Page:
You can try to live in the future – or in the past, yet it’s impossible. All you have is NOW.
But you can use your present moments to recall the past – as well as to visualize the future. You can also use your now to by aware of your thinking, breathing and doing – as they are taking place in this moment.
Whichever you choose, it’s still NOW. And there’s great power in knowing this. Really knowing this.
Why. Because once you understand the past and future can only be experienced NOW – you realize that everything you think or believe about what has already happened or will happen – is nothing but a mental movie. And if the past and
future are nothing but mental movies, you can write the script, direct the action, call the shots, decide on which frames to keep and which to throw out. You can even be the audience to all of what you’re doing.
In fact, you ARE the audience.
Whenever you remember the past or visualize the future, it’s not just YOU in the picture – it’s You and your other self – the one who is either praising you or condemning you.
Which are you doing to yourself today. If you’re looking at your past and finding the good moments, you’re giving yourself the praise you need to perform at your best in the NOW.
If, however, you’re condemning what you see in the past, you’re making it even harder for yourself to do well in this moment.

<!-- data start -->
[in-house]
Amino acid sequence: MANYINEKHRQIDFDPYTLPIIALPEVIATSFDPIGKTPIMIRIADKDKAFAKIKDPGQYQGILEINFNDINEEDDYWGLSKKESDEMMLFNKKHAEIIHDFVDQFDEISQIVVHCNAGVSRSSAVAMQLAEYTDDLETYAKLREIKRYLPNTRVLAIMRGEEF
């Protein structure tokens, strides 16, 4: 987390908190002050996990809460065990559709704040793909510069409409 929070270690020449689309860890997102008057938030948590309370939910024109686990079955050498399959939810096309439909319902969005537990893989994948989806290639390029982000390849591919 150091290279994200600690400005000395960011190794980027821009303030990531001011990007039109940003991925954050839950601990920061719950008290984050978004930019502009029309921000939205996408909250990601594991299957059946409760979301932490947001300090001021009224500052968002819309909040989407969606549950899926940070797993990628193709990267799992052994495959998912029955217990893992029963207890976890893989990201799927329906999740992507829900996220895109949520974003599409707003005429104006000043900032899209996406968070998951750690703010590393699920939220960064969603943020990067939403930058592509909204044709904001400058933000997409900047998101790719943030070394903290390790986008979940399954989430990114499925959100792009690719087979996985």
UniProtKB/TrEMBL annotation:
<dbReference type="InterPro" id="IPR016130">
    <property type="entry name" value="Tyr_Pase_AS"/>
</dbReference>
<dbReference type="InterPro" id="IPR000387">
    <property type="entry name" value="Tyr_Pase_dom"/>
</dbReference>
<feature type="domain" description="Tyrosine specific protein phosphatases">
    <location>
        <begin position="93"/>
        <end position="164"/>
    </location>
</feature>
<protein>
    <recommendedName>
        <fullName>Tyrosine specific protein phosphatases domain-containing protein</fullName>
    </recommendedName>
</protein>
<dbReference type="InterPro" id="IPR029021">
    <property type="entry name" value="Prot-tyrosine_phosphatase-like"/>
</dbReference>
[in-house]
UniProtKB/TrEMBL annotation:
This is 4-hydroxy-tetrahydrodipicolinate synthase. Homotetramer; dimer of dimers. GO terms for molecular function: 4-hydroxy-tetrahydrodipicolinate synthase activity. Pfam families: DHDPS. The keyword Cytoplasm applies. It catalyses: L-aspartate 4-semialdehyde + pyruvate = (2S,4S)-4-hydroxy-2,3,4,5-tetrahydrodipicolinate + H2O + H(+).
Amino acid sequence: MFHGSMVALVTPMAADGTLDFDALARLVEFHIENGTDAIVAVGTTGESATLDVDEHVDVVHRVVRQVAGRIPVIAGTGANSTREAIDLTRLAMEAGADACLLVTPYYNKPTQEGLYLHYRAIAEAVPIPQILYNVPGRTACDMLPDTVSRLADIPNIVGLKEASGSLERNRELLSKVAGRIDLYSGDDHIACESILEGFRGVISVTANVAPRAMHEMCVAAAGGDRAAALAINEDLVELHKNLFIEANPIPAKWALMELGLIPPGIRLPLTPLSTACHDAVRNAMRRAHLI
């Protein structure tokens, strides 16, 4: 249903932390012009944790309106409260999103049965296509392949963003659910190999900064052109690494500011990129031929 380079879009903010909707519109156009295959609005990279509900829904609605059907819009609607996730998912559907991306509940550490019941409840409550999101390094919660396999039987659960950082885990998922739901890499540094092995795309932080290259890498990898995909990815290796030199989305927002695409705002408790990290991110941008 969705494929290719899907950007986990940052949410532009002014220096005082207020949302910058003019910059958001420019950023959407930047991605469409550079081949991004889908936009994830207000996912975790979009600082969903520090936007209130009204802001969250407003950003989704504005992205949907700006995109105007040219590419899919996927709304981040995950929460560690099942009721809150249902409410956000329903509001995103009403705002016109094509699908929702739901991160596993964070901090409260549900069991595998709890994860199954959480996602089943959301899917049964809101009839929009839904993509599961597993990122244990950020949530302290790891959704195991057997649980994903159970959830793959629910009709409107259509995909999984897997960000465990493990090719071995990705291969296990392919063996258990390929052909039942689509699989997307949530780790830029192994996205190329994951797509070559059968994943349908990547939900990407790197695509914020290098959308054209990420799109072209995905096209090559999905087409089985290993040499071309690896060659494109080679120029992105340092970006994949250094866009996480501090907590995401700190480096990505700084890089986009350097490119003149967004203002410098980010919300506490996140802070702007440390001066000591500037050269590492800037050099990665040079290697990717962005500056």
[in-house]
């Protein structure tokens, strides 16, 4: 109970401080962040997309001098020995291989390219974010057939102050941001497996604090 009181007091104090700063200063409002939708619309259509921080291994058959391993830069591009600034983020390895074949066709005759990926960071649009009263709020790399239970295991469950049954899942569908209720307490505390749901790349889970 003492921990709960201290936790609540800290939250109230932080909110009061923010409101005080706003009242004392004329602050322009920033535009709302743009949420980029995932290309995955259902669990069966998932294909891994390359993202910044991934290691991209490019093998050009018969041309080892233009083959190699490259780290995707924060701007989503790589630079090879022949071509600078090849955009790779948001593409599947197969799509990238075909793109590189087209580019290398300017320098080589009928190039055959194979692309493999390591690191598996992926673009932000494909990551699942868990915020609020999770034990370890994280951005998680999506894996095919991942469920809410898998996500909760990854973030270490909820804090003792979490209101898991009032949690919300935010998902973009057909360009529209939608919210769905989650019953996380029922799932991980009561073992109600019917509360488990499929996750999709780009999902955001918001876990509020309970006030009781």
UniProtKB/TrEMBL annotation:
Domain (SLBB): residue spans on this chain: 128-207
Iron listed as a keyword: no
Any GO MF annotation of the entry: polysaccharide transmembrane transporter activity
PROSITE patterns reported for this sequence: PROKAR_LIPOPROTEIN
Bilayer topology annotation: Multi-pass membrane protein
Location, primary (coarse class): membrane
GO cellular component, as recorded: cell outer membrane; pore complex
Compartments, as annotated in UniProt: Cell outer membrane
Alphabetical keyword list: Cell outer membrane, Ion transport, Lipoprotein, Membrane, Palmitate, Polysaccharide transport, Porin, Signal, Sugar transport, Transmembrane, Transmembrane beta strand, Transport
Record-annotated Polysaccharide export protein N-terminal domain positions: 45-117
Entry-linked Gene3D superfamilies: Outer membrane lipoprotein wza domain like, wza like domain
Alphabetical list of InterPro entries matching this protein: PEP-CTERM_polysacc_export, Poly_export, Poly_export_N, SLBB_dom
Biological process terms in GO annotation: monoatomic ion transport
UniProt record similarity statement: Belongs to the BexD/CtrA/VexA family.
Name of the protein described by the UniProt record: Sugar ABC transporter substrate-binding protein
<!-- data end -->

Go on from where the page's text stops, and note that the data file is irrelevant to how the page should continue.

Whether you realize it or not, all the movies in your mind that make up your past – you already directed them, edited them and played them a certain way. The good news is that you can do a re-make of the old movies. You can reshoot them and package them to your liking. You can take a sad story and turn it into a happy one.
If you were to look at my ears, even from a distance of 10 feet, you’d probably notice that they are dis-figured. In wrestling and boxing, my ears are known as cauliflower ears. They look a bit like doorknobs made in Mongolia.
If the average person were to have ears like mine, he or she would think of it as awful. But not me – and not most wrestlers, grapplers and boxers who have them. We think they’re great. We consider them a badge of honor. We wear them with pride. They are our battle scars. Wrestlers who have them had to be tough. Wrestlers who don’t have them were most likely average, at best.
That’s the story we tell ourselves to justify the knobs we call ears.
Think of this. If I can look at my ears in a positive light, then I can take anything from my past and figure out a way to make it a good thing.
Granted, some of our memories are not easy to recall. When we watch them we may feel a sense of horror, or anger, or guilt.
But if we will take a step back; maybe even several steps back; and consider that the past and the future are mere movies in our minds, we can make a change in how we feel in the present. If we’ll consider that we have the ability to turn our horror flicks into something better – well then, we then know the REAL POWER in NOW.